She prefers Rachmaninov to Wagner and I think, “Good Girl!”
The girl who is a little mad for the Beatles and looks lovely and shy,
hair parted with barrettes, falling in love . . . perhaps . . .
But she states her preferences, she does have that.
I’ve gotten sucked into something that’s not me, not my life.
I’m ungrounded and wandering full of longing, unspeakable,
because obsessions are ungodly that way
and make people hate you after awhile; even your best friends can’t stand to listen to you.
I pin Marlboro ads of glossy horses
all around my high, four-poster bed fitted with the white chenille
and tear through Barbara Cartland Romances
It’s not right. It’s not right.
But I don’t know what else to do.
There is the lonely high desert beauty of the wild horses
and the sweet young innocents and their bodices,
to be sacrificed to love, the beauty of it,
the stiff mount of the paramour,
if it could just be so on this hill,
this golden mesa.
A plate of haddock and chips
and a pint and a half of Guinness later,
we finally got around to men.
What did we want.
I feel high and flirty suddenly.
I dismiss the men at the end of the bar as too old, but then, the one with glasses . . .
And salt and pepper hair, perhaps . . . a somber aspect, vinegary.
Just like us, two friends out for a drink on a holiday night.
On a holiday, you just have to fold your hand, my friend said.
It takes so long to tighten it up, to straighten things, you just have to fold.
Too old. I think again. Then not knowing what age means.
How old am I?
I just want someone who likes me, my friend says.
Huh, I snort. But she’s right.
If only someone would be pleasant, nice.
“I’m the nice guy who every girl says she wants, but really doesn’t.”
Gah, who wants to deal with that massive annoyance.
I shut the dating site down with the snap of the laptop. No one. No one there for me.
She tells me that I don’t want a mirror of myself
after I tell her that I do.
The glasses behind the bar shine and I smile.
My mother picked the difficult one. She wanted a challenge!
I pick younger. My friend wants older.
Alright, then, we aren’t conjoined twins,
although sympathic and invested in this friendship.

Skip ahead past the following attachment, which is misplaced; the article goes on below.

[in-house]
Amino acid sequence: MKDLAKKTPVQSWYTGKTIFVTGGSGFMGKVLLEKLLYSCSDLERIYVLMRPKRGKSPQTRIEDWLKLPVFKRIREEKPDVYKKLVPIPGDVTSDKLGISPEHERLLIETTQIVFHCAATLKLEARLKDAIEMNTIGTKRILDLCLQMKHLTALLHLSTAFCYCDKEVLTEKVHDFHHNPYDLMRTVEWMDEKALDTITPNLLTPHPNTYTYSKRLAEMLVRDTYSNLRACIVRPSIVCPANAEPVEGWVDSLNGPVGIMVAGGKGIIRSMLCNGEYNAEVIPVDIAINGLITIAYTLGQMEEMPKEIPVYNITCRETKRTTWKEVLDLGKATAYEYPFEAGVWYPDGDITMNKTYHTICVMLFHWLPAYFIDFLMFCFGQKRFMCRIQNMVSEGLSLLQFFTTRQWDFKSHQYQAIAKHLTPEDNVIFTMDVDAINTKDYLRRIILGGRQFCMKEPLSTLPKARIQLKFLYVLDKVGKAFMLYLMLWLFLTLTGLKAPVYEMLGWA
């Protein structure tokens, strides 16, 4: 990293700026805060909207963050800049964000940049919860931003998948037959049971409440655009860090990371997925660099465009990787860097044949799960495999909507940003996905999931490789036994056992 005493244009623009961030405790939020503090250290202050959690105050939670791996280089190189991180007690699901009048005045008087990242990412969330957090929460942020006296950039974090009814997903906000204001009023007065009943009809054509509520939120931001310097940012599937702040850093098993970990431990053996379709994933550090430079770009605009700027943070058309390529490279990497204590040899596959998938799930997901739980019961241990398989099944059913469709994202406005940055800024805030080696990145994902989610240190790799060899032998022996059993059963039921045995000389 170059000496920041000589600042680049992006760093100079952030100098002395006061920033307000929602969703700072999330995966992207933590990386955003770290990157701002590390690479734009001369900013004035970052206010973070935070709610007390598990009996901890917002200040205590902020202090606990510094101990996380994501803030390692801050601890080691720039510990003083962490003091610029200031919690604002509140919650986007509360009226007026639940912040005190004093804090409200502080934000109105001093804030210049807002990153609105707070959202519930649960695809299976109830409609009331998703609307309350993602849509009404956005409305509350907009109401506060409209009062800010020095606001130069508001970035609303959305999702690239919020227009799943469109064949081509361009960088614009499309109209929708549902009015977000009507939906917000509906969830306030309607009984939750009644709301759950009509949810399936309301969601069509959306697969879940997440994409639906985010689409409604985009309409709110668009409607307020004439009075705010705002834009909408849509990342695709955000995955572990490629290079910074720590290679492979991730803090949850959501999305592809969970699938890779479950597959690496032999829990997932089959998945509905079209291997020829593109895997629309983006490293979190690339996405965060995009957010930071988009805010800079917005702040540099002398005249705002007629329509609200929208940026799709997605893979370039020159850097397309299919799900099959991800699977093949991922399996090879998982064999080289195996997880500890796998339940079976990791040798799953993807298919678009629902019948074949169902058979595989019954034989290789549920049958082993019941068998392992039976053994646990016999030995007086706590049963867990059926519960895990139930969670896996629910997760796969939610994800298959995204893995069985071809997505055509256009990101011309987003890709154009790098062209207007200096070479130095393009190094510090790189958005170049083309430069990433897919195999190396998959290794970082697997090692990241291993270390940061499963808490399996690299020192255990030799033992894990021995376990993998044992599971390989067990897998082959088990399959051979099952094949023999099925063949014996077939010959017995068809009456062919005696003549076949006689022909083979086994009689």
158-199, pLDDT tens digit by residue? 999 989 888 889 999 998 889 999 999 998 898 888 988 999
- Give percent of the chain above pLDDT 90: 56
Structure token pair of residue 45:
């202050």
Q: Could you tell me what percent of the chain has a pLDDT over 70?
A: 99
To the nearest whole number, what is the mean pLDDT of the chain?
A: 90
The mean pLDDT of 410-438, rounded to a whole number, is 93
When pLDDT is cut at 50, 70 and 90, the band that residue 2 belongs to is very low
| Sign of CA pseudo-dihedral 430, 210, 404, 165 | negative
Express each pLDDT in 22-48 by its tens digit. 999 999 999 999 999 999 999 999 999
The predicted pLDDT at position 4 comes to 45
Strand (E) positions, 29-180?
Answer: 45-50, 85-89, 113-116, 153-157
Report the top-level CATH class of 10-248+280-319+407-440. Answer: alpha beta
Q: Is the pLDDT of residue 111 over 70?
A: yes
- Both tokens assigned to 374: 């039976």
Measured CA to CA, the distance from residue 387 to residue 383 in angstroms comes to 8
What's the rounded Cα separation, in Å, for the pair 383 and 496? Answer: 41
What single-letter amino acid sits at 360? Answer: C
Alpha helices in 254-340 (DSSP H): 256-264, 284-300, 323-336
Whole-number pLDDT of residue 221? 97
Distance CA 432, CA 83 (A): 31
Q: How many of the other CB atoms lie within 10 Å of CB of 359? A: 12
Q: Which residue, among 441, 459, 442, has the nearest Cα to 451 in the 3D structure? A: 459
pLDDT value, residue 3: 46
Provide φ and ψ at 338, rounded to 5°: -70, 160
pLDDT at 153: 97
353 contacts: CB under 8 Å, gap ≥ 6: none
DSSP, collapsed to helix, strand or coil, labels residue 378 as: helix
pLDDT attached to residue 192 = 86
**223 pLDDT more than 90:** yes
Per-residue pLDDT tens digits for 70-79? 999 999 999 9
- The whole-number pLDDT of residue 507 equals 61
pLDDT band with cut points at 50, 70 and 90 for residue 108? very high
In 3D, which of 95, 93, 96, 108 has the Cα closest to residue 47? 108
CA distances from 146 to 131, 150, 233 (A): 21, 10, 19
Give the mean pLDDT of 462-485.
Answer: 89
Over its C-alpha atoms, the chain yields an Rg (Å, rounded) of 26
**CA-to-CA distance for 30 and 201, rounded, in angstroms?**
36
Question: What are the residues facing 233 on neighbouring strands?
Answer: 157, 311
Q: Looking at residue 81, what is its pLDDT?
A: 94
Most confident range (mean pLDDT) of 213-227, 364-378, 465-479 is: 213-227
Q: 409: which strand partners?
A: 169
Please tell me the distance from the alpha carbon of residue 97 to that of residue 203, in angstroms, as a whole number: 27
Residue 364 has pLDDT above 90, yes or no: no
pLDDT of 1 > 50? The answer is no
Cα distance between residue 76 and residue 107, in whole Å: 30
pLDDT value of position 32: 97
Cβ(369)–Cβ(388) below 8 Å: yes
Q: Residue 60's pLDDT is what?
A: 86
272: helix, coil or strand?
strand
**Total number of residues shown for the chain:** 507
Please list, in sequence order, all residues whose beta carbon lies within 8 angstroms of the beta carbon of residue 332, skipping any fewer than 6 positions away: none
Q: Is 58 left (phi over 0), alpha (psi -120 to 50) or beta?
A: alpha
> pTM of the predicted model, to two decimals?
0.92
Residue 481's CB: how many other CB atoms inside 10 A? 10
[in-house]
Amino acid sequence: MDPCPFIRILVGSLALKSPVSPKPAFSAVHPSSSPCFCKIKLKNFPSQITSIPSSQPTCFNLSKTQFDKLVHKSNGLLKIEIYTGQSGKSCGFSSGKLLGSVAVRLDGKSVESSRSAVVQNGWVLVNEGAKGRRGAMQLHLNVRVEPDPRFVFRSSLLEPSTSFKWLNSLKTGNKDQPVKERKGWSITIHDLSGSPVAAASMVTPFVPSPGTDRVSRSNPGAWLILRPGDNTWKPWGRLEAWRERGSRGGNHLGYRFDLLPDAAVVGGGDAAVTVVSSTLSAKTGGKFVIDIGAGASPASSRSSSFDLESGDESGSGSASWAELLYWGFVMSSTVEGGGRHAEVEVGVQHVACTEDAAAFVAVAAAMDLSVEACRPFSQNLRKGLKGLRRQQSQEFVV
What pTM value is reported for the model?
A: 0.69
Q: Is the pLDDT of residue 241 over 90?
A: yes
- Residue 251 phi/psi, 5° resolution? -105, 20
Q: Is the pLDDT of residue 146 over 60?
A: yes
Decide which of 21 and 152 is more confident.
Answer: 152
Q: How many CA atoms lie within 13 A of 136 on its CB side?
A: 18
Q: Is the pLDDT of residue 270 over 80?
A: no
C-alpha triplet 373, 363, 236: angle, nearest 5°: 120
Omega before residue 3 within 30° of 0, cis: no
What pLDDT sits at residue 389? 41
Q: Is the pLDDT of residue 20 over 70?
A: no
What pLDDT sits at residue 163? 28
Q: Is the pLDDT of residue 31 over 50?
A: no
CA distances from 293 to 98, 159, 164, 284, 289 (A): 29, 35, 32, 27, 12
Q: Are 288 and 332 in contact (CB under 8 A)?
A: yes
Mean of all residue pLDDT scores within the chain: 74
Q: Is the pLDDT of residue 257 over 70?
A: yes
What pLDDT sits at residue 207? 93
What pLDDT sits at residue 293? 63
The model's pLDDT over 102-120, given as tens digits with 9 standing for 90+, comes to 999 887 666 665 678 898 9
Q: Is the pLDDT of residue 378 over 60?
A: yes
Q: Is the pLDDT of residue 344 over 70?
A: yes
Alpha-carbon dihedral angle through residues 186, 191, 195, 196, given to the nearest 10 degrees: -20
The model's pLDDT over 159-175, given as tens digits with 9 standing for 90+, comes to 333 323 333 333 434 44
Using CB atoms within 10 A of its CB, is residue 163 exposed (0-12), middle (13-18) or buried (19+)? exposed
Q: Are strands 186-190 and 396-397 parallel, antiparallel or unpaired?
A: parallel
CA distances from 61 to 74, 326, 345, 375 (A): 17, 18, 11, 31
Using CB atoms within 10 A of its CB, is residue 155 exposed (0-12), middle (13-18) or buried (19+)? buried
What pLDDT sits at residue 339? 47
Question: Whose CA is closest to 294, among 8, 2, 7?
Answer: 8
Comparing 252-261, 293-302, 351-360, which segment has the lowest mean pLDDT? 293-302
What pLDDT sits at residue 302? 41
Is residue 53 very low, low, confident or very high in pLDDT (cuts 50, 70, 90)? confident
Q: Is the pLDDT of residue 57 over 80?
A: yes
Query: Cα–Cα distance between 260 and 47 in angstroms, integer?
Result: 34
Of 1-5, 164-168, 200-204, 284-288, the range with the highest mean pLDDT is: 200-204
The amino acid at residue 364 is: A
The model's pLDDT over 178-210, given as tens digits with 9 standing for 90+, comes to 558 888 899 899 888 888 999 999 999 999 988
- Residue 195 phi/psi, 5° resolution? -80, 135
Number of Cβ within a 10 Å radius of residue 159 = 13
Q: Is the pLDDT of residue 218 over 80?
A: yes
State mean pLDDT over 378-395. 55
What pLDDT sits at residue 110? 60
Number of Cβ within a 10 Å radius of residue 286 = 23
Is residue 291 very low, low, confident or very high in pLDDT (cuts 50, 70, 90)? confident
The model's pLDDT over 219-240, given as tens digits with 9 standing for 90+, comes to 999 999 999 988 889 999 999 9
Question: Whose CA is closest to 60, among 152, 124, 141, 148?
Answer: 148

I feel bad for having scoffed at her interest in knitting.
Just because I’m that sort. To judge it as what Old Women Do:
Baby their pets and knit and cry at movies or in public on buses.
And I’m NOT OLD!
Why shouldn’t she churn out loads of knotted patterns?
What am I doing with myself? Drawing.
I start to sketch the bottle of grenadine and an imagined crème
with stars and stylized sunflowers like a schoolgirl.
How could I be in love with someone who didn’t like
It’s her turn to snort.
I had practiced that one. I knew she would get it.
I draw my spoon in paisleys through it,
press the embossed sterling beads to my lips,
inhaling the mix of vanilla and metal,
And the tweed, the cedary tweed.
I think of the boy who smelled of a Linden Tree.
And so thin, a lovely trunk and limbs.
I wrapped around him like a vine,
green and urgent.
And the way his hair curled to a small fascinating delta
on the nape of his neck.
The Mississippi of him
The long dark warmth
The river at night
So dangerous and vibrant with a play of moonlight
That was my year of twenty-one year olds
He was the brightest, really.
Though he inevitably slipped me a stone.
He smiled at me with his hand holding Rilke
And said I had to come home with him.
And I did.
A smile. If only.
He’s a lawyer now. I found him online.
I can only shake my head. He wanted to help people, he said.
I wish I could see him again. But he has probably gone all soft and the flame gone out.
Men don’t seem to age well.
I can’t tell. Sometimes it seems that I barely know anything about myself.
I have to have dreams to talk sense into me. I can’t seem to trust my desires in daylight.
That’s it. Trust.
It has been broken. Over and over.
Like a good girl myself, I listen to Beethoven
In the morning. A distant thunder.
Sucking in papery woodbine
And downing coffee.
Stamping through the garden
in a black ink peignoir and coral Happi coat,
flushing out Japanese Beetles from wrinkled pink bonicas and the
golden raspberries, drowning them in soap.
The dew washing my feet.
The waffle iron is smoking, too.
Brahms is what I want, I think.
What do I want?
When my professor asked me in Pyatigorsk,
I lied. I wanted him. I wanted him to hold me.
To love me. I wanted him not to have feet of clay.
I wanted him to be my perfect mentor, my father, my teacher.
But I asked for my friends. I was very drunk on Georgian Champagne and very homesick.
I wanted love, but I couldn’t trust those words.
He sat and let me cry. That was a great gift. I didn’t know it then, but it was a gift.
Not to try and fix me, but to let me be. To let the backwater of my heart unstop and flow
in quiet tears. As he stood guard, smoking like a dragon, folded at the end of my bed, still as Buddha.
Weep, then, little one, weep.